Weekly Newsletter

Ambition and Achievement #

Sources of Power
Argues that college applicants should seek out “sources of power” which improve their chances of acceptance by orders of magnitude. This article fits with my observations about the college process.

Alternative Businesses #

The Cheese Board Collective
Profiles a cooperative cheese shop where all employees are owners. I’ve expressed my enthusiasm for business model experimentation and co-ops in particular before so I’ll refrain from doing so again now.

Solar Technology #

The Solar Sunflower
Reports on a new solar power technology that innovates on existing solar panels. Basically, the technology for cooling the panels was derived from supercomputers. The thing that struck me about this development was how similar it is to the classic story of Space Age technology transferring into consumer products. I’m now wondering if supercomputers will be the next space shuttles. In 20 years, will people be saying “we just need another supercomputer project to energize the economy?”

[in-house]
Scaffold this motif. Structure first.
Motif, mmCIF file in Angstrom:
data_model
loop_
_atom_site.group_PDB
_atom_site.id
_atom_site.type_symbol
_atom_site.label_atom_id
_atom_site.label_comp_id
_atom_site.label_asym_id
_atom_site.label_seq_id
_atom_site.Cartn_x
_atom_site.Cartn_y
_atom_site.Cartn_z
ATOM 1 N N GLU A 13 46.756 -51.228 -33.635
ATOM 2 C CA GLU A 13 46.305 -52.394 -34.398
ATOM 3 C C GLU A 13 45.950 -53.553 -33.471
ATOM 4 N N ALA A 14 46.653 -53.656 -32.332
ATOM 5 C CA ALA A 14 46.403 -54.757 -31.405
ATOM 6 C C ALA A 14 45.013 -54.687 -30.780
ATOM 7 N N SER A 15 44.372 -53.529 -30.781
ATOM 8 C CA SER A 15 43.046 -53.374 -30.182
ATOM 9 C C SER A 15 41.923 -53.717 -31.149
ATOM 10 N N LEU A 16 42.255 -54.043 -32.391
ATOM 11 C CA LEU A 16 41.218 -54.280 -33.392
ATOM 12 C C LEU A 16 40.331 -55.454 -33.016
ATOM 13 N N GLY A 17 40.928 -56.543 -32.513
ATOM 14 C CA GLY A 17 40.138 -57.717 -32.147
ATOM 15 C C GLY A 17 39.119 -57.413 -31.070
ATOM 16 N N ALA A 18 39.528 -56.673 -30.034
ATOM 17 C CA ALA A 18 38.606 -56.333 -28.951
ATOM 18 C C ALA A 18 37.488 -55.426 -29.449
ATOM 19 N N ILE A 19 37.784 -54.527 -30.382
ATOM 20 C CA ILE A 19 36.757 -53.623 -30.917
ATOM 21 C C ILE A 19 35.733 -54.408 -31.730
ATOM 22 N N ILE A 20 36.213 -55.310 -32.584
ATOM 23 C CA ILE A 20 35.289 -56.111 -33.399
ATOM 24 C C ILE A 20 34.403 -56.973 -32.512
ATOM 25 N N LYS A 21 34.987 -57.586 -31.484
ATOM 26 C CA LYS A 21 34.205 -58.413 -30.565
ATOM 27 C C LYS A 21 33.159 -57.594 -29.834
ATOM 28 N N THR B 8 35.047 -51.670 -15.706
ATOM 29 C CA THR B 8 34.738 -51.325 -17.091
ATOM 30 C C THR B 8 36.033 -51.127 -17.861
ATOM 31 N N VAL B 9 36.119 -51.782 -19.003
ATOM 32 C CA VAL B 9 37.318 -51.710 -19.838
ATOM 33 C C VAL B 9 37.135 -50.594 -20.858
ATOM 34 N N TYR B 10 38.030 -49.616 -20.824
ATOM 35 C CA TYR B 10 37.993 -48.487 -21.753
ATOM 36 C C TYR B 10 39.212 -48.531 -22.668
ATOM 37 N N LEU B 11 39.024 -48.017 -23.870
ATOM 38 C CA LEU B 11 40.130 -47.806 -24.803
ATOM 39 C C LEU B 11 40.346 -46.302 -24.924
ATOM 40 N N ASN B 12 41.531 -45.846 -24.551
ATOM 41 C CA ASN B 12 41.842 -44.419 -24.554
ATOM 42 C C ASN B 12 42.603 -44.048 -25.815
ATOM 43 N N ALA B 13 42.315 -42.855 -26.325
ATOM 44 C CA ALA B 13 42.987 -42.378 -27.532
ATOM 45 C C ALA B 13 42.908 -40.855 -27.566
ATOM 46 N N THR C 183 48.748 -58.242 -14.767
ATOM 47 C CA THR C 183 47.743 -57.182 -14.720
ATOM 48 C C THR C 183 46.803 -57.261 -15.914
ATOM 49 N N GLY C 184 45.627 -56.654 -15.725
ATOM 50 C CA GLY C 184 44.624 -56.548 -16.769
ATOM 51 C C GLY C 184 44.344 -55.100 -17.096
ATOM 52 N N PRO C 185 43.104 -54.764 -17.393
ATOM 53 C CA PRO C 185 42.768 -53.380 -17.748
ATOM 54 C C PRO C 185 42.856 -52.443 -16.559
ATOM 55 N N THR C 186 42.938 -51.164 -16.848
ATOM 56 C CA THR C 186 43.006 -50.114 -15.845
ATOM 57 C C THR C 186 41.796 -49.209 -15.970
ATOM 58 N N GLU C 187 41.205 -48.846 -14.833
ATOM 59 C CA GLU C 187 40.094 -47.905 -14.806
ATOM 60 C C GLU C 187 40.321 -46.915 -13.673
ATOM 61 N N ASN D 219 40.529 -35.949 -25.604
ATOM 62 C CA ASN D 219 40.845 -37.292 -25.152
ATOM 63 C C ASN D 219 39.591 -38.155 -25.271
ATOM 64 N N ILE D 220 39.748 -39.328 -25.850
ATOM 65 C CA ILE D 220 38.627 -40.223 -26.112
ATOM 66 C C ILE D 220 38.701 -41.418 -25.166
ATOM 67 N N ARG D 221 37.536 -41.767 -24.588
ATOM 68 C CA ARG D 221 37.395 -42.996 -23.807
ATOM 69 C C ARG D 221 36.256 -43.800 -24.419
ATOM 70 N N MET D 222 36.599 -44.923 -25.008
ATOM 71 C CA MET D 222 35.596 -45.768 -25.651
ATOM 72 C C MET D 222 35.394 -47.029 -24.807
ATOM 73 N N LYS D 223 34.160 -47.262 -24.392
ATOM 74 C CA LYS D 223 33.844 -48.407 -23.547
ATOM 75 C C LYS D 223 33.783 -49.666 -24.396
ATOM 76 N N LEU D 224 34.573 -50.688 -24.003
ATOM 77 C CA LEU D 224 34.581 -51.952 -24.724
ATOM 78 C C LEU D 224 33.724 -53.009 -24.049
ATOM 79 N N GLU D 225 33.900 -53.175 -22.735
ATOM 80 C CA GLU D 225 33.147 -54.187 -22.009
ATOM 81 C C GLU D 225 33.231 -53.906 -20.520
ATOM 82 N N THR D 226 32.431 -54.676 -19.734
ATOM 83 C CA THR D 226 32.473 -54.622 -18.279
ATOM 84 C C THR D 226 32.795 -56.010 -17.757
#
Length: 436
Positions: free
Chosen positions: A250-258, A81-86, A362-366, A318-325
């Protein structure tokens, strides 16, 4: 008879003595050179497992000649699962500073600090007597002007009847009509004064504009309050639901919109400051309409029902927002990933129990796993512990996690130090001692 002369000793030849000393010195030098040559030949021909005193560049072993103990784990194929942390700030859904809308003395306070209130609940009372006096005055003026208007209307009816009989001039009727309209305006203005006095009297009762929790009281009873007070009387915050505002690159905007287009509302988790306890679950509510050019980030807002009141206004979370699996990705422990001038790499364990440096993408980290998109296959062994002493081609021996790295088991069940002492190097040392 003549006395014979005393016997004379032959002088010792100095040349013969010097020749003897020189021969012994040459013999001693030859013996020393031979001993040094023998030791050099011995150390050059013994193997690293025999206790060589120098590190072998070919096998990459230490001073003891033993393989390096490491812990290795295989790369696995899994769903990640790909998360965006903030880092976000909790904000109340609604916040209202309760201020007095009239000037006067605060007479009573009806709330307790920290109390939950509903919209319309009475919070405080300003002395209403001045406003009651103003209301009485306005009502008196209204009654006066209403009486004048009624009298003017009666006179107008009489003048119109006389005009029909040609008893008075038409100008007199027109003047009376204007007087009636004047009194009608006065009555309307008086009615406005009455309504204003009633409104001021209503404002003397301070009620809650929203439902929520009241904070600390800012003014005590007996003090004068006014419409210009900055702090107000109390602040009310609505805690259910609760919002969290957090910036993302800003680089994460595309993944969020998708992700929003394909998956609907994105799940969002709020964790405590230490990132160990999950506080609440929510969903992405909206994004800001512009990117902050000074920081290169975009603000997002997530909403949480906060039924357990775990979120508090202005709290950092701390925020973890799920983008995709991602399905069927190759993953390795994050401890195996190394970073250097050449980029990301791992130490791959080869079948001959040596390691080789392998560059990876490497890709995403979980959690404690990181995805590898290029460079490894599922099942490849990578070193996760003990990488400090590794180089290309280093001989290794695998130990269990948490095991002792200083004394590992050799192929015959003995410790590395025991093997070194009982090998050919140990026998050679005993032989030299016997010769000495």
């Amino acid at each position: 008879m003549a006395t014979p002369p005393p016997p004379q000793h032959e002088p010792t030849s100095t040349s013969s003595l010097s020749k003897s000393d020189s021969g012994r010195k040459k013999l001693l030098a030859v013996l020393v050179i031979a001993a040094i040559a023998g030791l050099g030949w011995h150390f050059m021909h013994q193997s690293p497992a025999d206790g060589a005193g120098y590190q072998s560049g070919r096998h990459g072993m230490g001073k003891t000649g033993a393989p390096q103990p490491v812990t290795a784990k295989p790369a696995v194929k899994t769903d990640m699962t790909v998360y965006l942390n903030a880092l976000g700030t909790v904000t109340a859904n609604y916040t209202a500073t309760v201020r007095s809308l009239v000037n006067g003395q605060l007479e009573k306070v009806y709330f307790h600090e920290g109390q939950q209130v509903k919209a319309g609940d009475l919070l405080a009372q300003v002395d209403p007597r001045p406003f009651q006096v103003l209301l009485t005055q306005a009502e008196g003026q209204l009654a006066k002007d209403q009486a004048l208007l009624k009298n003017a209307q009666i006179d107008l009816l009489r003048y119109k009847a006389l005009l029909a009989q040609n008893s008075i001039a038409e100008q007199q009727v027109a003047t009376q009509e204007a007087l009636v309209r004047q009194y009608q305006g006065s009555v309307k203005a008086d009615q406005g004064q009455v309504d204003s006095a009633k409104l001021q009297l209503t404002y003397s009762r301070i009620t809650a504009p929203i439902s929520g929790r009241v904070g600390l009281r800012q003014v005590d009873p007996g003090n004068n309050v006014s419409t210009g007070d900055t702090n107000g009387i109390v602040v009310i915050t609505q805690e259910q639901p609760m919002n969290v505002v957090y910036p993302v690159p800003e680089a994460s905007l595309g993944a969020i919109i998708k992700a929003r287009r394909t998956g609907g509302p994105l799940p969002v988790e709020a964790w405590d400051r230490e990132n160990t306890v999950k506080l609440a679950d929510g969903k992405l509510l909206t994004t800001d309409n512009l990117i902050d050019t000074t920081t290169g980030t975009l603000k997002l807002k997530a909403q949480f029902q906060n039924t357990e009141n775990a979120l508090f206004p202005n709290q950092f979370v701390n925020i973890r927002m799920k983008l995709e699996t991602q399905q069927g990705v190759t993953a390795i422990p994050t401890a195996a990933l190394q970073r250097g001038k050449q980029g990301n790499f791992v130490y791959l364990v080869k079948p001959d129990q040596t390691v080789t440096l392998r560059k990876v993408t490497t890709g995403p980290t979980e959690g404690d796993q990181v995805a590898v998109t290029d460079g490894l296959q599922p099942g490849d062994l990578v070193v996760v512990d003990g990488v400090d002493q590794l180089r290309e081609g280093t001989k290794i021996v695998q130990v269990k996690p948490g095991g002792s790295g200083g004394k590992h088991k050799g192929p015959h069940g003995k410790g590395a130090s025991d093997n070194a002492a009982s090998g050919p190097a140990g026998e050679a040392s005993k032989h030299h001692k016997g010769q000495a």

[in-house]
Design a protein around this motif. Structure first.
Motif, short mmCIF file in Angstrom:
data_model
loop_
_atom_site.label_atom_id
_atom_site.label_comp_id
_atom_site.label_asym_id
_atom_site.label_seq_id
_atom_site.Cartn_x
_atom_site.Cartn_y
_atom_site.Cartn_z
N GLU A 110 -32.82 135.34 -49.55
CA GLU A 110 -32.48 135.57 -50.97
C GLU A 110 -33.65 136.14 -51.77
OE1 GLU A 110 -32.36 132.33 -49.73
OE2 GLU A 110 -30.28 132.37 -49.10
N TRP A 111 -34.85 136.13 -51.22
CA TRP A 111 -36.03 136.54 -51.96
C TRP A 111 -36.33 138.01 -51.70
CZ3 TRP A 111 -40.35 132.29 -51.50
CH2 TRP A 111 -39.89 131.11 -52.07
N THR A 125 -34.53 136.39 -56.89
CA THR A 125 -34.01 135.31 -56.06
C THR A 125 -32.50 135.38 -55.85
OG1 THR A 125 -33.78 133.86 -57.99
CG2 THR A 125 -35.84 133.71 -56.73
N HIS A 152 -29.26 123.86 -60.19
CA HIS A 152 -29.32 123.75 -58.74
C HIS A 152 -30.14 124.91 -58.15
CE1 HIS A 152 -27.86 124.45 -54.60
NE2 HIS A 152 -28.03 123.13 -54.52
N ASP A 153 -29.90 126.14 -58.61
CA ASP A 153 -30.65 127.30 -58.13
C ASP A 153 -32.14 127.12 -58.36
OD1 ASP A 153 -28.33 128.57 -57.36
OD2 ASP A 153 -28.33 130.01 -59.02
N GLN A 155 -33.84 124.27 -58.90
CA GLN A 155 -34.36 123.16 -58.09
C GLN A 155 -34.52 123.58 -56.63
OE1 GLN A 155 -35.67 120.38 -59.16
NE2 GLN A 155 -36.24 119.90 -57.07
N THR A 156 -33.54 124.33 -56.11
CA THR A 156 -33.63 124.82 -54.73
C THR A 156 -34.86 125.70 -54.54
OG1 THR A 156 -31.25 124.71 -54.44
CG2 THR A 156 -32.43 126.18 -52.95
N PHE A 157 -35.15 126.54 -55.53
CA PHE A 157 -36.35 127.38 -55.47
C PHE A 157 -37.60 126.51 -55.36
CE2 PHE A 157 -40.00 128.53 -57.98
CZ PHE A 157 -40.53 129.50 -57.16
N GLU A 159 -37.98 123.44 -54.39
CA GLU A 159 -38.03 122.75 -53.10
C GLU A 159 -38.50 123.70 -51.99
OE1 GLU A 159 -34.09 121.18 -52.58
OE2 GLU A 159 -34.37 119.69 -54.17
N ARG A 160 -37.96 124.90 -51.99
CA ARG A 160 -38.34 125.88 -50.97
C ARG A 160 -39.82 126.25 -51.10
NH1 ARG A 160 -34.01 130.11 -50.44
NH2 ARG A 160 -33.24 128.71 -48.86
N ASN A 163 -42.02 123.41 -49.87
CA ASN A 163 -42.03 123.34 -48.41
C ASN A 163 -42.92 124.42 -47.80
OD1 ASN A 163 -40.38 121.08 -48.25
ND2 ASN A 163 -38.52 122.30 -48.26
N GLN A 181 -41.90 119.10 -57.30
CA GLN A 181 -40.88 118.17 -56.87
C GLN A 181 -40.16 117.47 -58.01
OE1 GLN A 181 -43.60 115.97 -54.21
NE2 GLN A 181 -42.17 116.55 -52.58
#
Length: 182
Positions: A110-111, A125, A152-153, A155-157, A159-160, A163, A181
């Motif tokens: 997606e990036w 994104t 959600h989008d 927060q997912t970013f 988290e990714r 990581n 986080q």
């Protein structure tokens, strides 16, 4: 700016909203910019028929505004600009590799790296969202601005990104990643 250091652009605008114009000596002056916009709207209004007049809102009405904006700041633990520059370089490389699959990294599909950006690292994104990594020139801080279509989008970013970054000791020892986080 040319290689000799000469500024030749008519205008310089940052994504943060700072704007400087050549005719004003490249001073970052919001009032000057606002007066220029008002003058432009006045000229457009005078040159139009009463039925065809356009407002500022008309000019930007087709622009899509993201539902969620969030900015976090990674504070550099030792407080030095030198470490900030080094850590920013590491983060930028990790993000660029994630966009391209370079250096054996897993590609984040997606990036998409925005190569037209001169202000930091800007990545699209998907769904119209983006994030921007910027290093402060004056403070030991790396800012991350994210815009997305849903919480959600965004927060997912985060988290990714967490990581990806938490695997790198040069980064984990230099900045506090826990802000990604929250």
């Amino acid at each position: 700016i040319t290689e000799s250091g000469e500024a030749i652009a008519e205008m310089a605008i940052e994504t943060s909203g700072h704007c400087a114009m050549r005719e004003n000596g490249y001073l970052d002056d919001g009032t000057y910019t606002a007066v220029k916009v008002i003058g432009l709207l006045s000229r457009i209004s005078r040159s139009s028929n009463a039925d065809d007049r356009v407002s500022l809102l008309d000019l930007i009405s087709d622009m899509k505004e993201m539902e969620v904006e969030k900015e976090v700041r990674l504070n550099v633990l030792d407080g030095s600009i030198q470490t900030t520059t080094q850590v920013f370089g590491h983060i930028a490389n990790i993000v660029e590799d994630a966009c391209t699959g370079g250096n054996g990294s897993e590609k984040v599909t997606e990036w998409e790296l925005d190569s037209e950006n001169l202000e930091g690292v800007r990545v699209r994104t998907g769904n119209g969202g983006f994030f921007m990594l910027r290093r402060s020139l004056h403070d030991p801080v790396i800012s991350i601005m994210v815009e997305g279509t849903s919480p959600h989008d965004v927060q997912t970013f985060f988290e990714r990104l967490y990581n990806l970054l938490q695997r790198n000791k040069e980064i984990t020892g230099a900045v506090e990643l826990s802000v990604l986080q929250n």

Technology and Problem Solving #

The Problem with Problems
Highlights areas where problems don’t get solved due to a lack of communication or knowledge that the problem is in fact a problem that can be solved. This article reminds me of the many discussions I’ve had that start with me asking “What about your job do you think you could automate?” While I get puzzled looks when I ask these questions, the author fortunately is more capable of framing this discussion in a manner that’s easy to digest.

Obituary #

Oliver Sacks, The Doctor
I hesitated to include anything about Oliver Sacks because it didn’t seem to fit with the theme of the newsletter. However, I found this piece so impactful that I couldn’t resist including it. In case you’re curious, it was the discussion of Sacks’ embracing of the individual and optimism that put me over the edge.

Other Contributions #

Teenagers are the Worst (Matt Ritter)
Builds a narrative around teenage recklessness utilzing both anecdotes and research about the teenage brain. This is science writing at its most engaging.